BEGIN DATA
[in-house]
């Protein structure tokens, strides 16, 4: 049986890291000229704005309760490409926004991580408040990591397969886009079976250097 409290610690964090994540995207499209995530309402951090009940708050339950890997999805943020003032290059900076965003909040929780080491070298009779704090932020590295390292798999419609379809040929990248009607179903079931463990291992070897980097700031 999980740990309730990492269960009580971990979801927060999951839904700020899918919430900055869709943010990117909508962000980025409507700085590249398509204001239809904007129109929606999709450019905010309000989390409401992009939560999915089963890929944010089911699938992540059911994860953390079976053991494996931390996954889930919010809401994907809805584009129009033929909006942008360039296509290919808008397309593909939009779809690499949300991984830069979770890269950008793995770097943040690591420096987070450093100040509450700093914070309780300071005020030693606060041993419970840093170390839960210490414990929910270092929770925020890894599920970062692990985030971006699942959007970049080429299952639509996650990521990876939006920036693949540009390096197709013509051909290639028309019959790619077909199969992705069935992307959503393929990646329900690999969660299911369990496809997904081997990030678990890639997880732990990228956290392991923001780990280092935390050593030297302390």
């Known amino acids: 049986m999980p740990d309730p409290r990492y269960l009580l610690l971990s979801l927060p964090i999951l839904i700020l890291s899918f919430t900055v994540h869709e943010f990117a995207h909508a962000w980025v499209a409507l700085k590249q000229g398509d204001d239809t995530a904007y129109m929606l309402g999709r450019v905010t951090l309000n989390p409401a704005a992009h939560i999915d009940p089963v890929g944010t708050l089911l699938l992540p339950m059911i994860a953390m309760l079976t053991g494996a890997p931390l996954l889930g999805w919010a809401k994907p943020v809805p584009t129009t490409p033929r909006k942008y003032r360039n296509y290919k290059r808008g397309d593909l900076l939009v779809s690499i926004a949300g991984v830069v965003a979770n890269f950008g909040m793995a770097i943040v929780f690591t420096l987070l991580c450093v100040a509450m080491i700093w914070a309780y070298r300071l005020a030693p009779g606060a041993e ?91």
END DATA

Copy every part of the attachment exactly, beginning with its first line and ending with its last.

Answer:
[in-house]
């Protein structure tokens, strides 16, 4: 049986890291000229704005309760490409926004991580408040990591397969886009079976250097 409290610690964090994540995207499209995530309402951090009940708050339950890997999805943020003032290059900076965003909040929780080491070298009779704090932020590295390292798999419609379809040929990248009607179903079931463990291992070897980097700031 999980740990309730990492269960009580971990979801927060999951839904700020899918919430900055869709943010990117909508962000980025409507700085590249398509204001239809904007129109929606999709450019905010309000989390409401992009939560999915089963890929944010089911699938992540059911994860953390079976053991494996931390996954889930919010809401994907809805584009129009033929909006942008360039296509290919808008397309593909939009779809690499949300991984830069979770890269950008793995770097943040690591420096987070450093100040509450700093914070309780300071005020030693606060041993419970840093170390839960210490414990929910270092929770925020890894599920970062692990985030971006699942959007970049080429299952639509996650990521990876939006920036693949540009390096197709013509051909290639028309019959790619077909199969992705069935992307959503393929990646329900690999969660299911369990496809997904081997990030678990890639997880732990990228956290392991923001780990280092935390050593030297302390």
């Known amino acids: 049986m999980p740990d309730p409290r990492y269960l009580l610690l971990s979801l927060p964090i999951l839904i700020l890291s899918f919430t900055v994540h869709e943010f990117a995207h909508a962000w980025v499209a409507l700085k590249q000229g398509d204001d239809t995530a904007y129109m929606l309402g999709r450019v905010t951090l309000n989390p409401a704005a992009h939560i999915d009940p089963v890929g944010t708050l089911l699938l992540p339950m059911i994860a953390m309760l079976t053991g494996a890997p931390l996954l889930g999805w919010a809401k994907p943020v809805p584009t129009t490409p033929r909006k942008y003032r360039n296509y290919k290059r808008g397309d593909l900076l939009v779809s690499i926004a949300g991984v830069v965003a979770n890269f950008g909040m793995a770097i943040v929780f690591t420096l987070l991580c450093v100040a509450m080491i700093w914070a309780y070298r300071l005020a030693p009779g606060a041993e ?91």